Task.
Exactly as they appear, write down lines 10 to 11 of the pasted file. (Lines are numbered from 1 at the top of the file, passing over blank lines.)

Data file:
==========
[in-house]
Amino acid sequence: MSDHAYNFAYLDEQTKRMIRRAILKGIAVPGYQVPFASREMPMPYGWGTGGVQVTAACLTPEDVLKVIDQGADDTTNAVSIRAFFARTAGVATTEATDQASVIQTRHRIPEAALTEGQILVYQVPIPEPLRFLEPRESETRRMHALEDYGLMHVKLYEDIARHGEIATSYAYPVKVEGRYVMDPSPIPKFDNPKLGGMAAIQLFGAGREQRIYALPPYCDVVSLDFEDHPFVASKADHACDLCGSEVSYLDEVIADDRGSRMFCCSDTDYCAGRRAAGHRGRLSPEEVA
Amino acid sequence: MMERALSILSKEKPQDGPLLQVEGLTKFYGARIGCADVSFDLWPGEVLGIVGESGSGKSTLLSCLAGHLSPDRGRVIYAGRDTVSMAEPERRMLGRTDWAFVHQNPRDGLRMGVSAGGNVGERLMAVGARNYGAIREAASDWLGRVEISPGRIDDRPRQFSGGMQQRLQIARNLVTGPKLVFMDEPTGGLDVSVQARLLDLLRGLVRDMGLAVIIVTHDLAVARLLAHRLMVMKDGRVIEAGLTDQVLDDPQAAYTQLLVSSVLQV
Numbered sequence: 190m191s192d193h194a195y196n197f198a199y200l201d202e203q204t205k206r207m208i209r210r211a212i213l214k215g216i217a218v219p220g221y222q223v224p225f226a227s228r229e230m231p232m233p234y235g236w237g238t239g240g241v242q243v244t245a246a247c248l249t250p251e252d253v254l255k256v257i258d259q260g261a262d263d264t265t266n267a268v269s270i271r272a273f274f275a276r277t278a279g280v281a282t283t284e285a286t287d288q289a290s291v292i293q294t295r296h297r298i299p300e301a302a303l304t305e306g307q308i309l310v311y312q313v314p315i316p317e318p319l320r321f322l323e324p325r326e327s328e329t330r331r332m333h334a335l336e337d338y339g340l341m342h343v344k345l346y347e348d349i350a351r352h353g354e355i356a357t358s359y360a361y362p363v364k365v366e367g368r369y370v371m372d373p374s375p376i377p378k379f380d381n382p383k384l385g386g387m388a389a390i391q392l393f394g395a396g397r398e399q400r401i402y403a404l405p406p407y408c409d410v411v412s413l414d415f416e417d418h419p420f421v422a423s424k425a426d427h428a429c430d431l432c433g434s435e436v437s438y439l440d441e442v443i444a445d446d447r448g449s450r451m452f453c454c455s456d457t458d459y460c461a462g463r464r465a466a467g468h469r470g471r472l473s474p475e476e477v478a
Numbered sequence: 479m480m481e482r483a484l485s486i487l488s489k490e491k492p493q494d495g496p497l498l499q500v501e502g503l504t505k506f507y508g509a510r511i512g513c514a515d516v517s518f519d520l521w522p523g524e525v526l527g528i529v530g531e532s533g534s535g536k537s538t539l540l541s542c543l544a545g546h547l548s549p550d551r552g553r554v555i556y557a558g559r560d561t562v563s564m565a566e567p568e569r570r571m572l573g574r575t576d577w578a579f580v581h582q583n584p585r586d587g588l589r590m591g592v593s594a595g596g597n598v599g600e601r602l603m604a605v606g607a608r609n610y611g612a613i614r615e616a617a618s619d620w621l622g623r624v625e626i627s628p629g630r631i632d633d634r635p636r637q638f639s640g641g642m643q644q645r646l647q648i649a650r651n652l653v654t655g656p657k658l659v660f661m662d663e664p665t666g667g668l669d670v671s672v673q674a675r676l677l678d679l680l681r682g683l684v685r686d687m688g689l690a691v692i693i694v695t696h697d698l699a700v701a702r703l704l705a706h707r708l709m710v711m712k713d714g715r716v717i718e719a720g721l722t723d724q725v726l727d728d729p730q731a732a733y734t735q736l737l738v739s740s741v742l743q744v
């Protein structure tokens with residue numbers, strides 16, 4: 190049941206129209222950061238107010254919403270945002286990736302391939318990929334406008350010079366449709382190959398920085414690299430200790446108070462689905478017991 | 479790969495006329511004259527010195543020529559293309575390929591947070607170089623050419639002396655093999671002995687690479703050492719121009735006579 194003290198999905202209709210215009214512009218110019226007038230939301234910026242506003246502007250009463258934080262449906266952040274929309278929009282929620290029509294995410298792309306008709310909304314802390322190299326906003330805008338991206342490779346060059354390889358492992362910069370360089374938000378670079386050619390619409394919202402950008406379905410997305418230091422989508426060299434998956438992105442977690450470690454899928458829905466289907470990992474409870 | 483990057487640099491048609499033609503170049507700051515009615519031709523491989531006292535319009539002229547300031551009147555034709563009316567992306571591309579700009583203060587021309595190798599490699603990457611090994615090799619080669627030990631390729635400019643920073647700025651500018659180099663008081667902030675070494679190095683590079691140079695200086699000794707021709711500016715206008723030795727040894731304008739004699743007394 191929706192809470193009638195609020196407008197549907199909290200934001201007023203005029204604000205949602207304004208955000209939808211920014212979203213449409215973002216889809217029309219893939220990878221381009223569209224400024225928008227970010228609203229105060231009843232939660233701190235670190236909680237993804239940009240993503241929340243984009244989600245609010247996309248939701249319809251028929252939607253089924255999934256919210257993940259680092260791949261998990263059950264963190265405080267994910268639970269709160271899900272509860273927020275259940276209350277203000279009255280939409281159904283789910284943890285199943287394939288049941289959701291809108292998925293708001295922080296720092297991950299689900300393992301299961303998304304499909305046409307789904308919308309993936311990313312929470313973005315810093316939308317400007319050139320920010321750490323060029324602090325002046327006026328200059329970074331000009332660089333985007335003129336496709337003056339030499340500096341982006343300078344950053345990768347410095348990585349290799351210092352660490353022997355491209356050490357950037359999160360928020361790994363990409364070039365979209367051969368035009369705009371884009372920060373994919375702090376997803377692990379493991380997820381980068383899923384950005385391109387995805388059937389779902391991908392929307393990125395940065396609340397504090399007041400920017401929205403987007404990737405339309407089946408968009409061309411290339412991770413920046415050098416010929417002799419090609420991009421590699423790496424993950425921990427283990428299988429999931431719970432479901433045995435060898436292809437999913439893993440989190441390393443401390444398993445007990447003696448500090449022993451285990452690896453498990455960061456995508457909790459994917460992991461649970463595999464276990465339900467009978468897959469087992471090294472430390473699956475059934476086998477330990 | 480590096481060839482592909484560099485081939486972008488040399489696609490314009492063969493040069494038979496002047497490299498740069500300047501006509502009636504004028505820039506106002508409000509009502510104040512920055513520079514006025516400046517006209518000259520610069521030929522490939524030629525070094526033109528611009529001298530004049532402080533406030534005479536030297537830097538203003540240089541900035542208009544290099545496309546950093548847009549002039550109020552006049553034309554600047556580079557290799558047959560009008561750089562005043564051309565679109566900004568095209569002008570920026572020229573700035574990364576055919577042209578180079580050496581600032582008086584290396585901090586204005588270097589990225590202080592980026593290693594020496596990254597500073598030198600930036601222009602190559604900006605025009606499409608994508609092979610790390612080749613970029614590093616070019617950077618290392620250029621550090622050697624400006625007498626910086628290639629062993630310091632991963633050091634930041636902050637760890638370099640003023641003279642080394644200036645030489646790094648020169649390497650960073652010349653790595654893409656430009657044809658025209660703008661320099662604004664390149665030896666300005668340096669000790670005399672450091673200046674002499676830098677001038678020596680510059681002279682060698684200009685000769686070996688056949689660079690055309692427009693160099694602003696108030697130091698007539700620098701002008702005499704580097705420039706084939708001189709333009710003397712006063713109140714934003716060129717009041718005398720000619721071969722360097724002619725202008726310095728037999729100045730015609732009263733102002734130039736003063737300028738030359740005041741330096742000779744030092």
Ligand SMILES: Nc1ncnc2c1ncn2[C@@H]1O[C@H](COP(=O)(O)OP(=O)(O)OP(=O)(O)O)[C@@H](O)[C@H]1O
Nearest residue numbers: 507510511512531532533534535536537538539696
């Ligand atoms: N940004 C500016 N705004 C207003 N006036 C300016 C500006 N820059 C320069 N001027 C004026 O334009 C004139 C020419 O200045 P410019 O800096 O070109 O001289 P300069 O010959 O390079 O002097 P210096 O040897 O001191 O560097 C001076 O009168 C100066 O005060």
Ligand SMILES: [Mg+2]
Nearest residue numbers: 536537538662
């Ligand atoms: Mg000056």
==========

Ligand SMILES: [Mg+2]
Nearest residue numbers: 536537538662